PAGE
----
This past Sunday night the Writers Guild of America Awards were held, so I waited a bit longer on this category to give a better prediction. A lot of terrific screenplays are in the hunt this year.
Best Writing, Screenplay Written Directly for the Screen
- “Amour” – Michael Haneke
- “Django Unchained” – Quentin Tarantino
- “Flight” – John Gatins
- “Moonrise Kingdom” – Wes Anderson, Roman Coppola
- “Zero Dark Thirty” – Mark Boal
There are a lot of great names in the running this year and it’s a tight race. Then there’s John Gatins for Flight. I haven’t seen the film, but if any screenplay will finish last in the voting, it’s “Flight,” especially against names like Tarantino, Anderson, Boal and Haneke.
Let’s start with one of the favorites/where a lot of people have a soft spot, and that’s for Tarantino’s Django Unchained. QT won the Golden Globe early in January and a lot of people have him pegged for a second Oscar. “Django” isn’t his best work (even after “Pulp Fiction,” the Oscar winenr), so a win here suggests voters are making up for “Inglourious Basterds” in some way. Then again, tough to get upset if Tarantino wins an Oscar.
What would be more fitting is to give Moonrise Kingdom writer Wes Anderson his first Oscar instead. “Moonrise” was this year’s “Midnight in Paris,” the indie that won the summer with magic and romance. Anderson is a unique voice in Hollywood and this film was some of his best writing.
It hasn’t happened often, but the Academy has awarded this statuette to foreign films before and it’s clearly smitten with Amour. “Habla Con Ella” was the last film to win this prize in 2002. The only question is whether voters will feel as though winning Best Foreign Language Film will be plenty for “Amour,” even though Michael Haneke would not be its recipient.
Recent Oscar winner Mark Boal (“The Hurt Locker”) could still manage to steal away another Oscar for Zero Dark Thirty. In fact, if that film had never lost its sheen after the Senate attacks, you’d have to consider him the frontrunner. The information he manage to acquire and how it was spun into an arresting story has to be taken seriously, especially after its win at the Writers Guild Awards.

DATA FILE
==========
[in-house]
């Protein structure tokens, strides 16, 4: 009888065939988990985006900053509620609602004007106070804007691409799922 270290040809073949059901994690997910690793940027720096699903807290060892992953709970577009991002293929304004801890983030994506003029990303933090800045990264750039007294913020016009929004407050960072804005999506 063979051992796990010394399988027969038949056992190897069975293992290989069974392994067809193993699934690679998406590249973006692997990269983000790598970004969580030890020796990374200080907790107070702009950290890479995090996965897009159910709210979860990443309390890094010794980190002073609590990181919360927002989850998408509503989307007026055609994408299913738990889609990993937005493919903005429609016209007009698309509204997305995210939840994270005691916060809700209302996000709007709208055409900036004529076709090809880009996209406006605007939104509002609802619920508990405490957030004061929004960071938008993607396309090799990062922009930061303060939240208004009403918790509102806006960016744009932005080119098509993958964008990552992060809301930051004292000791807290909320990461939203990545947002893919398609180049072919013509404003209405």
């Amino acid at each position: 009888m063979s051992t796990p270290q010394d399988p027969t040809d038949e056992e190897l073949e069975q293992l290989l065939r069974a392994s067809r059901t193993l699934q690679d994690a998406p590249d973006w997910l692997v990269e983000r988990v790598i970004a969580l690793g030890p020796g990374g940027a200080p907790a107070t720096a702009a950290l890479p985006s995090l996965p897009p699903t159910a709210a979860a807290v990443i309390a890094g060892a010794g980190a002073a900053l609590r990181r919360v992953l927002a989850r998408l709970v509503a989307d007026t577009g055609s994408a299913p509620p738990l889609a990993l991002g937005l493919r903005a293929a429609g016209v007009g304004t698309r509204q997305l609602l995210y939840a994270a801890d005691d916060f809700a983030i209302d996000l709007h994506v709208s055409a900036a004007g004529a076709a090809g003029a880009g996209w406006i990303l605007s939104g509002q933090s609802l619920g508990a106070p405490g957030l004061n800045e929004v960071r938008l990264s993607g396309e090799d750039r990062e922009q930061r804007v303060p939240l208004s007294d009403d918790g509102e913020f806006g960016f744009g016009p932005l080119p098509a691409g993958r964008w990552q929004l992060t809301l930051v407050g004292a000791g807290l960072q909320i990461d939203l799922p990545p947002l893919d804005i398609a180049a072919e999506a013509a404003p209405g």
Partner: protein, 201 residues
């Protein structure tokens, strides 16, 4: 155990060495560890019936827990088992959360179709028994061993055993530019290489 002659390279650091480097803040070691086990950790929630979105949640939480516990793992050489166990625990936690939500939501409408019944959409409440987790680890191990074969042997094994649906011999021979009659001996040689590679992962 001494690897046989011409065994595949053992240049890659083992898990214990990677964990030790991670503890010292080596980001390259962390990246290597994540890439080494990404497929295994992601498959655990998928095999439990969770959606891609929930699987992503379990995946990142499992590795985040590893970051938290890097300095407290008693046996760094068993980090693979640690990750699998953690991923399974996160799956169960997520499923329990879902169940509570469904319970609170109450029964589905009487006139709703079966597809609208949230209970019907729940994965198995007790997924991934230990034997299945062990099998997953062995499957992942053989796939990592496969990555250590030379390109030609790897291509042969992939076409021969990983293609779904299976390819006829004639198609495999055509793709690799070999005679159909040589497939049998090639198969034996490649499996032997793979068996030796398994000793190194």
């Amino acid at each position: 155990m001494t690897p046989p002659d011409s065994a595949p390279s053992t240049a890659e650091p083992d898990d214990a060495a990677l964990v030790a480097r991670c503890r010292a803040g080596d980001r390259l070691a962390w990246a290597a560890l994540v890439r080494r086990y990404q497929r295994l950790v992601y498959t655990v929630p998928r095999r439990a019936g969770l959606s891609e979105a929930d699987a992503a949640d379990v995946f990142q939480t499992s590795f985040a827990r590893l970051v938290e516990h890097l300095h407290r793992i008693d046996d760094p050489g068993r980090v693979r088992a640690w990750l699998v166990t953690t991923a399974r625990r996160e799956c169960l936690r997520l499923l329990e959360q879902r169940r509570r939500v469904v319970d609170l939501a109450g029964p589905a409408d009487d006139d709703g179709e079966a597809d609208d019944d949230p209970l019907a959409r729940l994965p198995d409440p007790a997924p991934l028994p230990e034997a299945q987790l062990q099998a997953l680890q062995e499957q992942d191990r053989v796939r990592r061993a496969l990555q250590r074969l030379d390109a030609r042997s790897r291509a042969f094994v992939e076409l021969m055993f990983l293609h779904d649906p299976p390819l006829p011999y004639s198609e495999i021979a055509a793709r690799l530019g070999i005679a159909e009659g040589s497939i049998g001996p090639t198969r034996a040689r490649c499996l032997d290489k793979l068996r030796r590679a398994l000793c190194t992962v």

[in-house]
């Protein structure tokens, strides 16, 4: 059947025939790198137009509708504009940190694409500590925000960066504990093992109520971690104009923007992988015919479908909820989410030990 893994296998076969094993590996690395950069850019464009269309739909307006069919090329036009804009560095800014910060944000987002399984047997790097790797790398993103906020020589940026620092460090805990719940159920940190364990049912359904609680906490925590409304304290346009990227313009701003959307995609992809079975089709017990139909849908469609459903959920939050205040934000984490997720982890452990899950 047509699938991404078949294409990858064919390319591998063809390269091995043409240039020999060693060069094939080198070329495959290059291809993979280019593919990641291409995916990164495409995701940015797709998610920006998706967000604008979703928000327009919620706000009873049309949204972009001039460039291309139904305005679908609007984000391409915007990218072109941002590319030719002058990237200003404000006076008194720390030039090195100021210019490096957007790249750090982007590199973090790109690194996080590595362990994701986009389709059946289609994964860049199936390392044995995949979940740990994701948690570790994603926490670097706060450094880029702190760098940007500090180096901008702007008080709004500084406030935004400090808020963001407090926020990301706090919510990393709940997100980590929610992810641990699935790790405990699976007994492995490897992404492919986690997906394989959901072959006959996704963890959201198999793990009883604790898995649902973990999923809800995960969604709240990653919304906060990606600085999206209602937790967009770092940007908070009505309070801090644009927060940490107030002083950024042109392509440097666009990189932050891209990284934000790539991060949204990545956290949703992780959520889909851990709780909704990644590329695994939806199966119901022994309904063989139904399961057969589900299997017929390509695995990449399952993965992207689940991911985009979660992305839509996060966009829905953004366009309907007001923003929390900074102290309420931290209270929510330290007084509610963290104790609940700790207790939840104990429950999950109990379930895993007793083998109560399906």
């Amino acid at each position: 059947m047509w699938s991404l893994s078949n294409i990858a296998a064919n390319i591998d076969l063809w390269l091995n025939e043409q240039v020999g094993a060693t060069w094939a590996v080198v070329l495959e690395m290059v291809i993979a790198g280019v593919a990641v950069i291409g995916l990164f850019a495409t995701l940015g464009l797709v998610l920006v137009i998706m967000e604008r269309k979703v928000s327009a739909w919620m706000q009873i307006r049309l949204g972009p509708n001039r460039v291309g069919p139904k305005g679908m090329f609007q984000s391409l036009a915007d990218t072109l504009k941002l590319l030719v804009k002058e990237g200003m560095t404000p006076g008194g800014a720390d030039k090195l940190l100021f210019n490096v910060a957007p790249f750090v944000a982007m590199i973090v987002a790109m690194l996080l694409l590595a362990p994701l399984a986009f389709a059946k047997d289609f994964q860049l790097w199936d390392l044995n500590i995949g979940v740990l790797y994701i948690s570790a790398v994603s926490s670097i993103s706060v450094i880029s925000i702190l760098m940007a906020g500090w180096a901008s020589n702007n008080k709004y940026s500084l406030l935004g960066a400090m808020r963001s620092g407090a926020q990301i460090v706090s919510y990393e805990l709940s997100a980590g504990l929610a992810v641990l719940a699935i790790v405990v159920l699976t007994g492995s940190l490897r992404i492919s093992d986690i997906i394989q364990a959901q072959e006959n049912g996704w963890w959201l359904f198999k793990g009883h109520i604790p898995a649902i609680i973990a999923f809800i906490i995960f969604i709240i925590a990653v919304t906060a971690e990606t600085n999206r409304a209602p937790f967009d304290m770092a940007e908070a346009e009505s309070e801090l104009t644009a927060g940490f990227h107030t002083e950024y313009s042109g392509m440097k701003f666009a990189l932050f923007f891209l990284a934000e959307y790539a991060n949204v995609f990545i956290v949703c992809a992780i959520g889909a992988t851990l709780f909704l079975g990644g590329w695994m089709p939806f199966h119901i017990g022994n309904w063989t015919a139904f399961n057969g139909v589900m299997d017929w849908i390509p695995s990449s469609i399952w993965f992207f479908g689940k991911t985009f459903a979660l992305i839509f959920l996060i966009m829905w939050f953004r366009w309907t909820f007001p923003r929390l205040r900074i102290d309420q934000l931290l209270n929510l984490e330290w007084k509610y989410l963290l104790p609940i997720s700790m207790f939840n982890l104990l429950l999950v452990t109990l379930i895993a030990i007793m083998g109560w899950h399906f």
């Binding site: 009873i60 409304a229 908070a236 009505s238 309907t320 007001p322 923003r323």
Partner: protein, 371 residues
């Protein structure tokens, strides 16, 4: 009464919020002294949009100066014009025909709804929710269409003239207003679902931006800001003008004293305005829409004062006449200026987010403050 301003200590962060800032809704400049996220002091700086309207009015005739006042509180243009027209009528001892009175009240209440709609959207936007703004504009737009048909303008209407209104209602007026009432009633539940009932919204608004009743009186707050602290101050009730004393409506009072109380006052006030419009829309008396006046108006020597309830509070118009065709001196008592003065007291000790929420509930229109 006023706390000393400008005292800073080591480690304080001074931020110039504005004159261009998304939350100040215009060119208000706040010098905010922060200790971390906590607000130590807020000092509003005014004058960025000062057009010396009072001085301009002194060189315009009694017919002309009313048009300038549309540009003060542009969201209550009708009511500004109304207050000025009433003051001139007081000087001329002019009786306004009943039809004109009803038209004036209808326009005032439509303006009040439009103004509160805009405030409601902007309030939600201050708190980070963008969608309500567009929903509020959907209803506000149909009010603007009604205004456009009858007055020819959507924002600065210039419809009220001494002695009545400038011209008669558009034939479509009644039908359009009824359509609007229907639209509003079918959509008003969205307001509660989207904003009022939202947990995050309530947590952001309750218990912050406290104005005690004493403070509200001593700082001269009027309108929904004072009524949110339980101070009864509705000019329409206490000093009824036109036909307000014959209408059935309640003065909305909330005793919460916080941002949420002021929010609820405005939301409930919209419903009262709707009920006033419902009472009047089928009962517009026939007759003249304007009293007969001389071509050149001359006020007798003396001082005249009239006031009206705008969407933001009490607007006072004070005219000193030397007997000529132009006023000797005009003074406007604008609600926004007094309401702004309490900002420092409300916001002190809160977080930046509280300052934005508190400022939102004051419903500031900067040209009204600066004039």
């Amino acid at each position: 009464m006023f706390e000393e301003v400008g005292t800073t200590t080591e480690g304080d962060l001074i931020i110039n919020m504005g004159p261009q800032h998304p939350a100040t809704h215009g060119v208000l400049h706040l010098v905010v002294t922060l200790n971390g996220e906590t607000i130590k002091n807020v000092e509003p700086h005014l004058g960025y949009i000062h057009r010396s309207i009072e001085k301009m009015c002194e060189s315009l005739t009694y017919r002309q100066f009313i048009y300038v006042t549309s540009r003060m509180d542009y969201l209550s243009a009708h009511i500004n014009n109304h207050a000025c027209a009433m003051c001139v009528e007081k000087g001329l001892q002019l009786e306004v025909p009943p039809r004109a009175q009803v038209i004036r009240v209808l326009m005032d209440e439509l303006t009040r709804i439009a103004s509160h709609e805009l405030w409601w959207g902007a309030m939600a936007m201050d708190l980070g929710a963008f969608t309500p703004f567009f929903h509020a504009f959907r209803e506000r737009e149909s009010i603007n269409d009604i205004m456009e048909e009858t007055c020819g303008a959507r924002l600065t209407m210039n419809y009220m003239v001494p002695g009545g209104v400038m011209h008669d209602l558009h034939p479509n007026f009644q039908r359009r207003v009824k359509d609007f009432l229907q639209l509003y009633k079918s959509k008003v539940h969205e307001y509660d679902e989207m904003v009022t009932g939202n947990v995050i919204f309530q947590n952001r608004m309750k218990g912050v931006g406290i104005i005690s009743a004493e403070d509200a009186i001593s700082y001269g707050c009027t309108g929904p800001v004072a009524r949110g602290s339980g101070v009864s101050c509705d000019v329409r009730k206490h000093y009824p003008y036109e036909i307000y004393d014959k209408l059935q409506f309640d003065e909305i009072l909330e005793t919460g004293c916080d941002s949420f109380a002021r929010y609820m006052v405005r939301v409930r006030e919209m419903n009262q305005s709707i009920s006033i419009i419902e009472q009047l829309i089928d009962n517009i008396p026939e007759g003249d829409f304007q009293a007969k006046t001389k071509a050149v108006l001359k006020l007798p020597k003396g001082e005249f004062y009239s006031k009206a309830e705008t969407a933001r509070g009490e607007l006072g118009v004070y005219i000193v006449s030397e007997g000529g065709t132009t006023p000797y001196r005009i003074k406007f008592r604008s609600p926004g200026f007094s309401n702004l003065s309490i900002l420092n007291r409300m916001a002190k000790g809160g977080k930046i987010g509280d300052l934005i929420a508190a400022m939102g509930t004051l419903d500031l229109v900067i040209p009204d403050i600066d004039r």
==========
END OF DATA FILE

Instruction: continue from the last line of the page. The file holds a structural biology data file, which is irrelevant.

In the last 10 years, the Academy and WGA have only disagreed twice, when “The King’s Speech” beat “Inception” and when the WGA awarded “Bowling for Columbine” for some reason. At the same time, Tarantino has never been a WGA member, so he’s never been eligible. Similarly, “Amour” didn’t meet the WGA Award qualifications, so it makes the win for “Zero Dark Thirty” a little less impressive.
Prognosticators have been afraid to choose “Zero Dark Thirty,” but does the WGA Award win change their minds? This is a tight, three-headed race. Could Boal rob Tarantino again like in 2010? Will the Academy love for “Amour” see it victorious in this category?
Best Writing, Screenplay Based on Material Previously Produced or Published
- “Argo” – Chris Terrio
- “Beasts of the Southern Wild” – Lucy Alibar, Benh Zeitlin
- “Life of Pi” – David Magee
- “Lincoln” – Tony Kushner
- “Silver Linings Playbook” – David O. Russell
In my opinion, this category houses the stronger nominees this year, on the whole. If Silver Linings Playbook were in the Original Screenplay category, it would probably be a heavy favorite as that film’s stock continues to rise, especially after the BAFTA win. It still has a really good shot here, but it hasn’t been considered the favorite.
The weakest of the contenders is certainly Life of Pi. The film was a triumph of technical merit and the screenplay strong enough to give the film the emotional impact it needed. The quality of the present day scenes as Pi tells his story stick out for me as a reason not to award this film the win.
Beasts of the Southern Wild has an awful long way to climb and not enough buzz/momentum on its side. If it were me, this would be my pick, but so it goes. The nomination is more than deserved, but Benh Zeitlin’s surprise nominations for Best Adapted Screenplay and Best Director will have him just ecstatic to be there.
The top contenders are the two real events-based screenplays. Tony Kushner’s Lincoln had most of the buzz when the awards season started after winning many critics awards, so he’s relying on the Academy to pick “Lincoln” as its film to back. The more likely choice would be Chris Terrio for Argo, however, winner of the WGA Award.
Without a nomination for Ben Affleck and no major acting nominees, this is the only chance for “Argo” to receive a major award outside of “Best Picture.” The last film to win Best Picture without a win for writing or directing was “Chicago,” but without even a nomination for Affleck, I envision voters targeting this category as a way to justify choosing “Argo” for Best Picture.